chalcogen


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Related to chalcogen: Chalcogenide, Rare earth metals

chal·co·gen

 (kăl′kə-jən)
n.
Any of the elements appearing in Group 6a of the periodic table, sharing certain chemical properties; oxygen, sulfur, selenium, tellurium, polonium, or element 116.

[Greek khalkos, copper + -gen, since many of the important ores of copper, such as chalcopyrite, contain chalcogens.]

chalcogen

(ˈkælkəˌdʒɛn)
n
(Elements & Compounds) any of the elements oxygen, sulphur, selenium, tellurium, or polonium, of group 6A of the periodic table
[C20: from chalco(pyrite) + -gen]
Translations
Chalkogen
calcogeno
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References in periodicals archive ?
TMDs are compounds composed of a transition metal such as molybdenum or tungsten and a chalcogen (typically sulfur, selenium or tellurium, although oxygen is also a chalcogen).
His work revealed examples of cyclic molecules that formed automatically when single tellurium-oxygen chalcogen bonds took the place of hydrogen bonds, a process unlike anything seen in halogen bonding.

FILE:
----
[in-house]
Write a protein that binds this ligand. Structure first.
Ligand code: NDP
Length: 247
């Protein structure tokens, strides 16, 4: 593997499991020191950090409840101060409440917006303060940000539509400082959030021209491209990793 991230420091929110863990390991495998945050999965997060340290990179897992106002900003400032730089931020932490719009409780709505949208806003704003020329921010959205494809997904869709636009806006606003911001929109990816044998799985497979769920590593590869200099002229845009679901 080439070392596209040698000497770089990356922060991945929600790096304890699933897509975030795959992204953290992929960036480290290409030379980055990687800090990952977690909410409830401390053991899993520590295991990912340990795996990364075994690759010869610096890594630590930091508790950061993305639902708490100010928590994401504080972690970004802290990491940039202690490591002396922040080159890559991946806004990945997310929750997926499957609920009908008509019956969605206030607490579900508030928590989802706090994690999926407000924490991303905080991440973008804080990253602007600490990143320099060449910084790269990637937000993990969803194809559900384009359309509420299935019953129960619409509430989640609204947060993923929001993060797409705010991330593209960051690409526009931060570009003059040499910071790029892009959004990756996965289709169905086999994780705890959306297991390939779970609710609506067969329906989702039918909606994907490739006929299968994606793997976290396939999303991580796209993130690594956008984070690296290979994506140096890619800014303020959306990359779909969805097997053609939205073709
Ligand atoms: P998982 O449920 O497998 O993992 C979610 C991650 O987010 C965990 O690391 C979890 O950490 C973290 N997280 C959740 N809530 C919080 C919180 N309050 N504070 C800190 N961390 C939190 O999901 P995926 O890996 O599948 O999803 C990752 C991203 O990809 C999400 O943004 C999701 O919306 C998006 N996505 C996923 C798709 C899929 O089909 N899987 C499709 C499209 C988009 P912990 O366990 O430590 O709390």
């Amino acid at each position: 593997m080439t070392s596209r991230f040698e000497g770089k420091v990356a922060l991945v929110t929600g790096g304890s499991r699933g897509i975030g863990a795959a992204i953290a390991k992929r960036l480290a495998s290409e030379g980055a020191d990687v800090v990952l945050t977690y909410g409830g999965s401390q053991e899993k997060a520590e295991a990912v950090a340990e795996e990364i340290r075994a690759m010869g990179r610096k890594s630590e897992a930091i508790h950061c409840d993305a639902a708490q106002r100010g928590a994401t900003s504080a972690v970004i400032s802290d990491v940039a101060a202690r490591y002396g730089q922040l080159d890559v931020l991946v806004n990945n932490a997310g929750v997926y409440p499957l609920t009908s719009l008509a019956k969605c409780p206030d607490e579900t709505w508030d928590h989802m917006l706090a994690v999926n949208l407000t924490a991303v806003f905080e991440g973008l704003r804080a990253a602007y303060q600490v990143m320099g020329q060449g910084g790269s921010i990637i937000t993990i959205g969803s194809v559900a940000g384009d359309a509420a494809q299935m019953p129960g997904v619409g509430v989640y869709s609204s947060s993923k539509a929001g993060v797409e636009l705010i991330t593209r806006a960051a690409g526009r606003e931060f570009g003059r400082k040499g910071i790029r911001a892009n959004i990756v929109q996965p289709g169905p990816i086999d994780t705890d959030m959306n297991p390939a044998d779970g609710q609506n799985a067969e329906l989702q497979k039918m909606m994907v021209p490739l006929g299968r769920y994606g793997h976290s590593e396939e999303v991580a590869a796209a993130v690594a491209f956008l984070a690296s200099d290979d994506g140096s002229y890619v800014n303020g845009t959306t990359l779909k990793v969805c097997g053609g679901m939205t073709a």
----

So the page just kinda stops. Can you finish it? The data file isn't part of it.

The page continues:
In this proposal, we aim to develop first applications for two, previously very little explored non-covalent interactions that are based on electrophilic halogen or chalcogen substituents ( halogen-bonds and chalcogen bonds ).
The other two A-B and B-C intraverbals were analogous, referred to the chalcogen group, polonium, and the atomic number 84.
3], also carry trigonal and quasi-layered lattice features with van-der-Waals bonding between neighbouring chalcogen atomic layers.
This volume from the April 2006 symposium focuses on alloys containing chalcogen atoms that undergo very rapid phase transitions under the influence of either electrical or optical excitation.
They were synthesized in a one-pot reaction using the appropriate phosphine chloride, lithium n-propylamide and chalcogen.
The chalcogens, elements of Groups 5B and 6B of the Periodic Table that form or have a close association with metallic ore minerals yield not only chalcogen-bearing secondary minerals, amorphous compounds and soluble anion complexes when their primary host minerals break down, but also chalcogen gases.
Although it is well known that hydrazine is generally not a good solvent for metal chalcogenides, the presence of the extra chalcogen atoms both improves the solubility and enables control over the film's final composition and grain structure.
New synthetic methods are being explored for the synthesis of unusual [Pi]-bonded pnictogen and chalcogen compounds which may yield novel polymers and pharmaceuticals.